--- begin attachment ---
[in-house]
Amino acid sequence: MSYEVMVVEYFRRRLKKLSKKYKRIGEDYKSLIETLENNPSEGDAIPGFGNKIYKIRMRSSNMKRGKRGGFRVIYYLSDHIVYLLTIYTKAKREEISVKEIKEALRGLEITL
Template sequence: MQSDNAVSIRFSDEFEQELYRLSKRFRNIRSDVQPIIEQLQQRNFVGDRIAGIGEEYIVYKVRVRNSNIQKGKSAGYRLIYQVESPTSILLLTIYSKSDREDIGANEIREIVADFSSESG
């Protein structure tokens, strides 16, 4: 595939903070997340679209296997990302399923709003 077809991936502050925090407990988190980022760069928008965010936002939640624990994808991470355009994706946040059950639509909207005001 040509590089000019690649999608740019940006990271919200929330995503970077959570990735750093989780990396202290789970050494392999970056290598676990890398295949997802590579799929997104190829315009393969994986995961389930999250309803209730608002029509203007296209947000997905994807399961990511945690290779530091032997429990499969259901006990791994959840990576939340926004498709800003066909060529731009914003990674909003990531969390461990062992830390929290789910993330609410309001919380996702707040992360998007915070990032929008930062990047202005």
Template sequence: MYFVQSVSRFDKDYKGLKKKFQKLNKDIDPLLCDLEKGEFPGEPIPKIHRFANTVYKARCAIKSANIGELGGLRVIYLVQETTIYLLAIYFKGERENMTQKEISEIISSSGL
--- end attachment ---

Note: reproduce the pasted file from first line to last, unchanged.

[in-house]
Amino acid sequence: MSYEVMVVEYFRRRLKKLSKKYKRIGEDYKSLIETLENNPSEGDAIPGFGNKIYKIRMRSSNMKRGKRGGFRVIYYLSDHIVYLLTIYTKAKREEISVKEIKEALRGLEITL
Template sequence: MQSDNAVSIRFSDEFEQELYRLSKRFRNIRSDVQPIIEQLQQRNFVGDRIAGIGEEYIVYKVRVRNSNIQKGKSAGYRLIYQVESPTSILLLTIYSKSDREDIGANEIREIVADFSSESG
């Protein structure tokens, strides 16, 4: 595939903070997340679209296997990302399923709003 077809991936502050925090407990988190980022760069928008965010936002939640624990994808991470355009994706946040059950639509909207005001 040509590089000019690649999608740019940006990271919200929330995503970077959570990735750093989780990396202290789970050494392999970056290598676990890398295949997802590579799929997104190829315009393969994986995961389930999250309803209730608002029509203007296209947000997905994807399961990511945690290779530091032997429990499969259901006990791994959840990576939340926004498709800003066909060529731009914003990674909003990531969390461990062992830390929290789910993330609410309001919380996702707040992360998007915070990032929008930062990047202005």
Template sequence: MYFVQSVSRFDKDYKGLKKKFQKLNKDIDPLLCDLEKGEFPGEPIPKIHRFANTVYKARCAIKSANIGELGGLRVIYLVQETTIYLLAIYFKGERENMTQKEISEIISSSGL